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Hamas: Threat on the International Arena After the End of the War in Gaza


This report delves into the unprecedented scale and brutality of the October 7, 2023, attacks by Hamas in Israel, marking a new phase in violent Islamic extremism. The assault, characterized by mass killings, hostage-taking, and extreme violence, represents the worst pogrom against Jews since World War II. It provoked a formal war declaration from Israel against Hamas and highlighted the group’s growing influence and credibility in the Arab and Muslim world, as observed by US intelligence. The FBI chief noted an increased terror threat against the West post-attack. Al-Qaeda and ISIS also responded, framing the attack within a global jihad narrative and proposing strategies to eradicate Israel. The article also reports arrests in Europe linked to Hamas, suggesting a shift in the group’s operations beyond the Middle East, a pattern reminiscent of historic Palestinian terrorism strategies. The article examines potential platforms for Hamas’s expanded terror activities, including Lebanon, Syria, Algeria, Turkey, and Iran, each offering unique operational advantages. This marks a significant transformation in Hamas’s strategy, indicating a potential evolution into a global terror threat.

The October 7, 2023 assault’s scope and lethality against Israel have no precedent in the 16 years Hamas has controlled Gaza, and the nature of the violence stunned Israelis. It was the worst pogrom against Jews since World War II, with terrorists gunning down the young at a music festival, slaughtering the old at a string of kibbutzim, killing children wherever they could be found, raping women, torturing victims while alive, and mutilating once dead.  More than 1,400 people, including 28 children, were killed and some 240 others, including 33 children, were taken hostage. In response to the October 7 attacks, Israel’s cabinet formally declared war on Hamas.[1]

The reports of what Hamas terrorists did in southern Israel recalled the cruelty and savagery of the Islamic State’s rampage in Syria and Iraq.

A new analysis by US intelligence agencies has warned that Hamas’ credibility and influence has grown dramatically in the two months since the October 7 terror attack. The group has successfully positioned itself across some parts of the Arab and Muslim world as a defender of the Palestinian cause and an effective fighter against Israel. It’s possible the conflict will do more to boost Hamas’ influence outside of Gaza than within it, where years of poor governance have bred mistrust.[2]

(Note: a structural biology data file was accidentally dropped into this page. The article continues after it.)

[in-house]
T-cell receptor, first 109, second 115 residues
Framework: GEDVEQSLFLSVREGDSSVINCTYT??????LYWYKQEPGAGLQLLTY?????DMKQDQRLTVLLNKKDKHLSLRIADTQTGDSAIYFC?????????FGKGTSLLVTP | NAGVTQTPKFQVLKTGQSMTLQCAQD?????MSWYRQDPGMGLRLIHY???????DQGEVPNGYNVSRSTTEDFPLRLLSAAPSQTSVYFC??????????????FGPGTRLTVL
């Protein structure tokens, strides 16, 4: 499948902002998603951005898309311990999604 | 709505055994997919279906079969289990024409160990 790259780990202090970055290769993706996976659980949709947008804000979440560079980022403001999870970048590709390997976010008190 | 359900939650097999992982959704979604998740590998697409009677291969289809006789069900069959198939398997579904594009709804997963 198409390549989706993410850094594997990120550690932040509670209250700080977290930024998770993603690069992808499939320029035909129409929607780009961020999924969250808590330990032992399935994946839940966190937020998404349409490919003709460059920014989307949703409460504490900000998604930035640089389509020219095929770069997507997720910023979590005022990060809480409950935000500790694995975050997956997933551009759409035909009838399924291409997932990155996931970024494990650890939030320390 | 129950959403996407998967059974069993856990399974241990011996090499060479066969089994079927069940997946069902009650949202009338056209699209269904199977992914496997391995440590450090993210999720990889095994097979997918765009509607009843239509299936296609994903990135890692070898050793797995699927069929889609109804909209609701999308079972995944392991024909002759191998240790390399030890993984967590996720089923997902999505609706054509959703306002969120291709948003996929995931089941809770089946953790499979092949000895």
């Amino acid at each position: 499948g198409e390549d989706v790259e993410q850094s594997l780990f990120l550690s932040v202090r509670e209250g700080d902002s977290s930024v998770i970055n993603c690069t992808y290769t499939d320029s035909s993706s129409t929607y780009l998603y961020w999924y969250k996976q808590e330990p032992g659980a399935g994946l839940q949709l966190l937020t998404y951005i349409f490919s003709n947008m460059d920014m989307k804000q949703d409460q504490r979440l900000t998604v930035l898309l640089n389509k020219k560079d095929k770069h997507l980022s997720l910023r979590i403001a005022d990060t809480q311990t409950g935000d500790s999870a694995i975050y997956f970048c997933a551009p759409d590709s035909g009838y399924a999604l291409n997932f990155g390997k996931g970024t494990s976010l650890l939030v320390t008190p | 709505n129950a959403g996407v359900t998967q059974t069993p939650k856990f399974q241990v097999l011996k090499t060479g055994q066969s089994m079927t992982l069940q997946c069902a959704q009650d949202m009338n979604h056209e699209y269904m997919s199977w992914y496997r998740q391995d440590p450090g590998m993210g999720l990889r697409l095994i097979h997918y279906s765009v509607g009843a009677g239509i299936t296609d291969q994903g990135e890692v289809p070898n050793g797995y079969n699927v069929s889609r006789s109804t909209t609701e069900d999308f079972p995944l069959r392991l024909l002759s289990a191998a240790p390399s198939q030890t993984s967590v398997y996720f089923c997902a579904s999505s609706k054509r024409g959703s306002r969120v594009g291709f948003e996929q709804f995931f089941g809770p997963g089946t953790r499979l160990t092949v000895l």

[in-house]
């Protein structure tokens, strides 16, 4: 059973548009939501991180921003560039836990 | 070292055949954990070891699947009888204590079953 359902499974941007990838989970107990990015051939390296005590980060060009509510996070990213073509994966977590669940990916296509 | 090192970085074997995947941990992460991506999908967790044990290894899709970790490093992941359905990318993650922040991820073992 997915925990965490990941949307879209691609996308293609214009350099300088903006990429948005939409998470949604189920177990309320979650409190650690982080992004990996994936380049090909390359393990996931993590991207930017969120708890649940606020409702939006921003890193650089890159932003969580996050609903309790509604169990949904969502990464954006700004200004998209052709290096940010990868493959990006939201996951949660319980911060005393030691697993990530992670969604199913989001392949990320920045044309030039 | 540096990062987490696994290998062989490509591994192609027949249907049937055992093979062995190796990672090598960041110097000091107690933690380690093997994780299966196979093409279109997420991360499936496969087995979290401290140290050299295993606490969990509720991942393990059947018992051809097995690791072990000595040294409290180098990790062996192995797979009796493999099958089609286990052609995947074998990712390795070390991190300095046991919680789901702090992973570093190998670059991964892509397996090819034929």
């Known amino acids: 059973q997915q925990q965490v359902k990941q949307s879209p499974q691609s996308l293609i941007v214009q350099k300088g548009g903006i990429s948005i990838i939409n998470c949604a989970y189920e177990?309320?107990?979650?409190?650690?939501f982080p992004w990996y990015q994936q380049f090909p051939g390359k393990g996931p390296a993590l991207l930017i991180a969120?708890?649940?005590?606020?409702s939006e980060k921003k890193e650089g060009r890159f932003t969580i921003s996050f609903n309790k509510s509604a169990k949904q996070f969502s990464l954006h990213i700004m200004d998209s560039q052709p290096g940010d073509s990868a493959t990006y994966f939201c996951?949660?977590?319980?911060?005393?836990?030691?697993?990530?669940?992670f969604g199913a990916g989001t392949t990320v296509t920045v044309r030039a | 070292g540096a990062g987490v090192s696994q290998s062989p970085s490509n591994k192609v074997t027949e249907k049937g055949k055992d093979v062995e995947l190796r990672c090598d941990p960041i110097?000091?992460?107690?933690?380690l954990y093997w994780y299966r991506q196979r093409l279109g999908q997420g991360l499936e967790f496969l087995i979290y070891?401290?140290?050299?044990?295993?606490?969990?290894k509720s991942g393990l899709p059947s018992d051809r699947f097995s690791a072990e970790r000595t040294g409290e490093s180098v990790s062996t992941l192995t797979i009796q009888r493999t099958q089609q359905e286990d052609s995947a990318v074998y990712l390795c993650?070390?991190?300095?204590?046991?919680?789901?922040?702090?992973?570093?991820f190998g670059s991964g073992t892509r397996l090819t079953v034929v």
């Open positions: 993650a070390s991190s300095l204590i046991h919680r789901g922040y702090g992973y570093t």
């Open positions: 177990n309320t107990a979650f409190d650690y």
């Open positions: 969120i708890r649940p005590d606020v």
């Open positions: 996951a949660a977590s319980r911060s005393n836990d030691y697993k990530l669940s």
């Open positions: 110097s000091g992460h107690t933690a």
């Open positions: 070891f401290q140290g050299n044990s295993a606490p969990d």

Christopher Wray, FBI chief, said at a congressional hearing, that since the start of the conflict in Gaza, multiple foreign terrorist organizations have called for attacks against Americans and the West and predicted that the Hamas attack will inspire the greatest US terror threat since ISIS.[3]

Al-Qaeda and its branches in India, North Africa, the Sahel, Somalia, Syria, and Yemen applauded the October 7 attack and cast it in the framework of a global jihad against the “Zionist-Crusader” alliance. ISIS addressed the attack on October 19 in an editorial in al-Naba. It condemned Hamas by noting the folly of fighting “under the banner of the Iranian axis” and offered what it called a “practical plan” for putting an end to the “petty state of the Jews.” Such an effort would include not only fighting in the Palestinian territories but also targeting “the Jewish presence” throughout the world, in particular the Jewish communities of the United States and Europe. Eradicating the Jewish state would also require attacking the West and “the apostate Arab armies and governments” that support Israel’s existence.[4]